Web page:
David Colclough is Professor of Renaissance Studies at Queen Mary University of London. He is the editor of John Donne’s Professional Lives (2003), and the author of Freedom of Speech in Early Stuart England (2005). He edited The Oxford Edition of the Sermons of John Donne, Volume III: Sermons Preached at the Court of Charles I (2013) and is Deputy General Editor for the series. He is currently preparing another volume in that edition, of Donne’s sermons preached at St Paul’s Cathedral, 1628-1630.
Mary Morrissey is Associate Professor at the University of Reading. Her primary research subject is Reformation literature, particularly from London. She is particularly interested in Paul’s Cross, the most important public pulpit in sixteenth and seventeenth-century England. She retains an interest in early modern women writers, with a particular focus on women writers’ use of theological arguments. She is the author of Politics and the Paul’s Cross Sermons, 1558-1642 (Oxford University Press, 2011).
Simon Healy has worked for the History of Parliament Trust since 1990. In 2010 he published 243 articles on MPs and constituencies from the House of Commons 1604-29, now available open source at the History of Parliament website. Since then he has been working on peers and bishops who sat in the House of Lords in the same period – another 80 articles will be published in 2018. In his spare time he has published articles on Crown finances, Catholic recusancy and legal history, and he recently completed a PhD (London, 2015) on Crown revenues and the political culture of early Stuart England.
Mary Ann Lund is a lecturer at the University of Leicester. She has special interests in prose writing, religion, and medicine in the English Renaissance. Her current research examines the experience of illness in seventeenth-century literature, in authors including John Donne and George Herbert. Her major research project is editing Vol 12 and Vol 13 of The Oxford Edition of the Sermons of John Donne (general editor Peter McCullough). She is also currently engaged in research on Richard III in literature and history. She is interested in how Richard’s scoliosis was perceived and treated, and in how his posthumous reputation developed. Her article in Medical Humanities explores this topic. She is also part of the Grey Friars Research Team, contributors towards the book The Bones of a King: Richard III Rediscovered (Wiley, 2015). Dr Lund is currently an AHRC Early Career Leadership Fellow (2015-17).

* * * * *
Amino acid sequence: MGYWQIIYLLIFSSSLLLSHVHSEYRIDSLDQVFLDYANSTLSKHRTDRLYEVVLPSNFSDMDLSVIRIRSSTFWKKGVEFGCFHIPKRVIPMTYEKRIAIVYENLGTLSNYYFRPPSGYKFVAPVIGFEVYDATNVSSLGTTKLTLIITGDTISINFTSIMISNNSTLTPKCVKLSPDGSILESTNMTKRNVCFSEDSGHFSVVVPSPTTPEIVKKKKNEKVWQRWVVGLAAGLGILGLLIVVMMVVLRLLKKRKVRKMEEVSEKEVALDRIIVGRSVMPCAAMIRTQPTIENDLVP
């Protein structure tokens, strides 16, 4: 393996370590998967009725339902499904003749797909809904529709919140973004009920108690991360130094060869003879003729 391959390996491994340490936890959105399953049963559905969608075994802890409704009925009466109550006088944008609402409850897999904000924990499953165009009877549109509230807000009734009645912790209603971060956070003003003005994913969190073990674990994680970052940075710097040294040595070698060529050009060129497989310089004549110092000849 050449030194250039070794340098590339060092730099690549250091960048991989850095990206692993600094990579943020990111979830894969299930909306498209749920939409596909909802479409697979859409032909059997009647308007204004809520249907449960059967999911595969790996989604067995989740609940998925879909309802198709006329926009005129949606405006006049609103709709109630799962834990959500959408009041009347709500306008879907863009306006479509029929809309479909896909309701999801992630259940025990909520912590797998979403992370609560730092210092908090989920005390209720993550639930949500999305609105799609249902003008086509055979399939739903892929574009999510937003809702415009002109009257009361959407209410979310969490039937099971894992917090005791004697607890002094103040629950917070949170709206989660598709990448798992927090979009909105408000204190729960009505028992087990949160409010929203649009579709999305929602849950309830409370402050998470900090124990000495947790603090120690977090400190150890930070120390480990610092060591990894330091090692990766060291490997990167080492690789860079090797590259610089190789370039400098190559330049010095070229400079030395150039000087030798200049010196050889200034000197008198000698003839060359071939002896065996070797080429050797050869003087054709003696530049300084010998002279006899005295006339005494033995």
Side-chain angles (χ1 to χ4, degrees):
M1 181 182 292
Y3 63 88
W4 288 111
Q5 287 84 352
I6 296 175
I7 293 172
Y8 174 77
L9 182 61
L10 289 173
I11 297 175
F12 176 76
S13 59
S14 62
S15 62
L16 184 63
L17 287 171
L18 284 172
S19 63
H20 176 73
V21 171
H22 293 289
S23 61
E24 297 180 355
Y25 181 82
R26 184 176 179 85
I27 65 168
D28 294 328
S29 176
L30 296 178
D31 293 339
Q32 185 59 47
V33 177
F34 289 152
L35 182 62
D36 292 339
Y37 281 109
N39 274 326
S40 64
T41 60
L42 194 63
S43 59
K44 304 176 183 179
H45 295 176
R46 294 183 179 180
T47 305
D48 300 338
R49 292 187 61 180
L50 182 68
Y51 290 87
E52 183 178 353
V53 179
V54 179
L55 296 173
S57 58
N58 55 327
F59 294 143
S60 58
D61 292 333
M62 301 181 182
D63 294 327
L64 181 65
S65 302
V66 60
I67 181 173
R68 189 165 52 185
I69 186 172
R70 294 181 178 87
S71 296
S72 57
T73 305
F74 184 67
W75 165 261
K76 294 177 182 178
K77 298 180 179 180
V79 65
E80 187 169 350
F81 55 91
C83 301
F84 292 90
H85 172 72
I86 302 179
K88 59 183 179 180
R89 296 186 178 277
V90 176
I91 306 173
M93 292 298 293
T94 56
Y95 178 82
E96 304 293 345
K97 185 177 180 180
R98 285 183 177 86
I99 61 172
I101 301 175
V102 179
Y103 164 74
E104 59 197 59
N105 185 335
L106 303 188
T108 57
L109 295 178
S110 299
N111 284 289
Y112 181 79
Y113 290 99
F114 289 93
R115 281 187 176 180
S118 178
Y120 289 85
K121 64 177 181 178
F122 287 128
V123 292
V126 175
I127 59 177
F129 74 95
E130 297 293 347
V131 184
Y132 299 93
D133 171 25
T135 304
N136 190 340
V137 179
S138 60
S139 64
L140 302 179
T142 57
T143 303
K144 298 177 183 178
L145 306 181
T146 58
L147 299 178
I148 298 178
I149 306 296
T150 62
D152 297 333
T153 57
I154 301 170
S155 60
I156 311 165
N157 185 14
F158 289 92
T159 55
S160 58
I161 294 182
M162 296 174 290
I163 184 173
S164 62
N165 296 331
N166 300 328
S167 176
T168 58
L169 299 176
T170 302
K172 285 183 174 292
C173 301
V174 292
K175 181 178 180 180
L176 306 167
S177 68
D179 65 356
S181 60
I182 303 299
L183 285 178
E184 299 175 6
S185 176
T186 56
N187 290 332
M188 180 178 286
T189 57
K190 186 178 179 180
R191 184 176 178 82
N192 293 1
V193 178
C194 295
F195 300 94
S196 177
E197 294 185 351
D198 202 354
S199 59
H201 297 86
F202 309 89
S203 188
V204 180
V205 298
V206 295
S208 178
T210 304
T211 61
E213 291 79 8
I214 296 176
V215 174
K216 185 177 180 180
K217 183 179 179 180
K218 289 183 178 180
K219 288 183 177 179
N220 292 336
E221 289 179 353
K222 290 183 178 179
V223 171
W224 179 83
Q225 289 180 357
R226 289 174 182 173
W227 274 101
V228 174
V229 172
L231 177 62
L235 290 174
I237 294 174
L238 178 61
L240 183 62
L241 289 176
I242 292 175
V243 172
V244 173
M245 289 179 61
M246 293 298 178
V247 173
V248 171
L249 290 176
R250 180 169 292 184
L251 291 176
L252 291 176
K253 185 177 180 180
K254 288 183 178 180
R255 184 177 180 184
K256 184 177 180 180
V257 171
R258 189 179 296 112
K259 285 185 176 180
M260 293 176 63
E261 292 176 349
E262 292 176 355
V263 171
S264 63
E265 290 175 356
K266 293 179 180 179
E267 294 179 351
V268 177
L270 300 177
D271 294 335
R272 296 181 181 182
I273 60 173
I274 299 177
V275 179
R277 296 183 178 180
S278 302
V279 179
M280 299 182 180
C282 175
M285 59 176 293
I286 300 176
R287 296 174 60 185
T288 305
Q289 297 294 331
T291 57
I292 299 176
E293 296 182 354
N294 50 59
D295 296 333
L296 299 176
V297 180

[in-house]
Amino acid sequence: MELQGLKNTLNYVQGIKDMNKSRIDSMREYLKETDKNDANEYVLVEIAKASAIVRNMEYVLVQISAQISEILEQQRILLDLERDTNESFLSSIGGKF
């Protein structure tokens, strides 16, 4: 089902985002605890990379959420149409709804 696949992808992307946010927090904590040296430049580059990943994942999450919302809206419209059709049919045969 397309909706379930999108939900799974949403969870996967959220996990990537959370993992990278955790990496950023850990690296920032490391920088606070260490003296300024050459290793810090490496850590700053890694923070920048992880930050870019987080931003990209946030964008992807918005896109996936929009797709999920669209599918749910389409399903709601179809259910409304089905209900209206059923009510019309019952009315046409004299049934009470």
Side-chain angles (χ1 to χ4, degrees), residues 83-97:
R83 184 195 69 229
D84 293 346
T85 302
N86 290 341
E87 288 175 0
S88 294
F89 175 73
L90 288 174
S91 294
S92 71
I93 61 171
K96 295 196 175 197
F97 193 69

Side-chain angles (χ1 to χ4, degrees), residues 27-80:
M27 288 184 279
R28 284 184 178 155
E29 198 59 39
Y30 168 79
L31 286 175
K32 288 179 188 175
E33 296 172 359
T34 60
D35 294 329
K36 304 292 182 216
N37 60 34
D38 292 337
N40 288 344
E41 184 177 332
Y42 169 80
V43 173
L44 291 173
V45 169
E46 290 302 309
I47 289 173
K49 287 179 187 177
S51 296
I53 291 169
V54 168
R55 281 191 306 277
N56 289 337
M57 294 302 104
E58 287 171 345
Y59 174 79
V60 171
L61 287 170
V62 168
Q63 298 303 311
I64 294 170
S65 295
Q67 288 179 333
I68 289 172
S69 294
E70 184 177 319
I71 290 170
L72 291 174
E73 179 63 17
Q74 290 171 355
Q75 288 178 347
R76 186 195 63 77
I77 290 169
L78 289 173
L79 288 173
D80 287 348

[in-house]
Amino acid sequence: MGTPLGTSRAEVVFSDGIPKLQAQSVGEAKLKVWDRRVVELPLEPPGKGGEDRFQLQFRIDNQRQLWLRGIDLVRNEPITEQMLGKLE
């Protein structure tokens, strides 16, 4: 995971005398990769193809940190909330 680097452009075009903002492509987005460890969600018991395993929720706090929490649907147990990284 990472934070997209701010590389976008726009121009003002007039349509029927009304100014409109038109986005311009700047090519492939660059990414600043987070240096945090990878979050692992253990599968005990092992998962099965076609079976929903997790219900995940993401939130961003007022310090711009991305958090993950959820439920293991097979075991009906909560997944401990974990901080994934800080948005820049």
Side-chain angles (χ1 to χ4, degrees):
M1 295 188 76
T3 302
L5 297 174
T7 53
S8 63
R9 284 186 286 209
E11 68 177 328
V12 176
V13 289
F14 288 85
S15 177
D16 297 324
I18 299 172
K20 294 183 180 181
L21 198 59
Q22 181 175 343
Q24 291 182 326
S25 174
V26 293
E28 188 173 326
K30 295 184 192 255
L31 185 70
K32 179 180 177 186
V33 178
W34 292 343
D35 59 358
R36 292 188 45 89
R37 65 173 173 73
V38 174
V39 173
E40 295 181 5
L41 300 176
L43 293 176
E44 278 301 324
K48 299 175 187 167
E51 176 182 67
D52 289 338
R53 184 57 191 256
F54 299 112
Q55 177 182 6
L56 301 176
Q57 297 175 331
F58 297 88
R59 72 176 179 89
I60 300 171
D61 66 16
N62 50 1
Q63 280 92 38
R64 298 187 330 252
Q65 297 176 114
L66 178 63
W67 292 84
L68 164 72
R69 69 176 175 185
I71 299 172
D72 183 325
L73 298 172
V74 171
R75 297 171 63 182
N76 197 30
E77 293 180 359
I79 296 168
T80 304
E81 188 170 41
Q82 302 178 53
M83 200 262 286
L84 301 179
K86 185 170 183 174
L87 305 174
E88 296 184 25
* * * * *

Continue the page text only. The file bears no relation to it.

Rory McTurk is Professor Emeritus of Icelandic Studies at the University of Leeds. He is the author of Studies in Ragnars saga loðbrókar and its major Scandinavian analogues (1991) and of Chaucer and the Norse and Celtic worlds (2005). He is the editor of the Blackwell Companion to Old Norse-Icelandic literature and culture (2005) and has published numerous articles on the interrelations of English, Irish, and Icelandic literature, ancient and modern.
Sarah Dustagheer is a lecturer in early modern literature at the University of Kent. Her book Shakespeare’s Two Playhouses: Repertory and Theatre Space at the Globe and Blackfriars, 1599-1613 is forthcoming from Cambridge University Press. She is the co-author of Shakespeare in London (Arden Shakespeare, 2014) and is co-editor of Stage Directions and Shakespearean Theatre, forthcoming from Arden Shakespeare. Sarah has published essays on early modern playwriting, performance and theatre space and contemporary Shakespearean performance in Shakespeare Jahrbuch, Literature Compass, Cahiers Élisabéthains and Shakespeare Bulletin.
Will Tosh is Lecturer and Research Fellow at Shakespeare’s Globe. He led the Indoor Performance Practice Project (2014-16), which examined playing in the candle-lit Sam Wanamaker Playhouse, and coordinates Globe Education’s on-going Research in Action series of public workshops in the indoor theatre. Educated at Oxford University and Queen Mary University of London, Will’s doctoral thesis examined the friendship networks of the Elizabethan spy Anthony Bacon. He is the author of Male Friendship and Testimonies of Love in Shakespeare’s England (Palgrave Macmillan, 2016) and Playing Indoors: Staging Early Modern Drama in the Sam Wanamaker Playhouse (Bloomsbury, under contract). Prior to his career as an academic, Will trained and worked as an actor.
Victor Houliston is Professor of English at the University of the Witwatersrand, Johannesburg, and is an authority on the leading early English Jesuit author and activist Robert Persons. The first volume of his edition of Persons’s correspondence is scheduled to be published in 2017.
Daniel Starza Smith is a lecturer in early modern English literature at King’s College London. His research includes work on the library catalogues of the first and second Viscounts Conway, and of Henry King, Bishop of Chichester; he has recently been working on John Donne’s satirical book-list, the Courtier’s Library. He is the author of John Donne and the Conway Papers: Patronage and Manuscript Circulation in the Early Seventeenth Century (OUP, 2014) – winner of the University English Book Prize 2016. His upcoming articles include: ‘Sir Edward Conway’s library catalogue of 1610: “such bookes as were brought from Briell And left at Raggely”’, for Private Libraries in Renaissance England, vol. 9, R.J. Fehrenbach (gen. ed.) and Joseph L. Black (ed.) (ACMRS, forthcoming 2017) and, with Joe Black, ‘Edward, first Viscount Conway’s library catalogue of 1631: “Catalogue of bookes found in the house att St Martines & to be sent to Ireland”’, for Private Libraries in Renaissance England, vol. 10, R.J. Fehrenbach (gen. ed.) and Joseph L. Black (ed.) (ACMRS, forthcoming).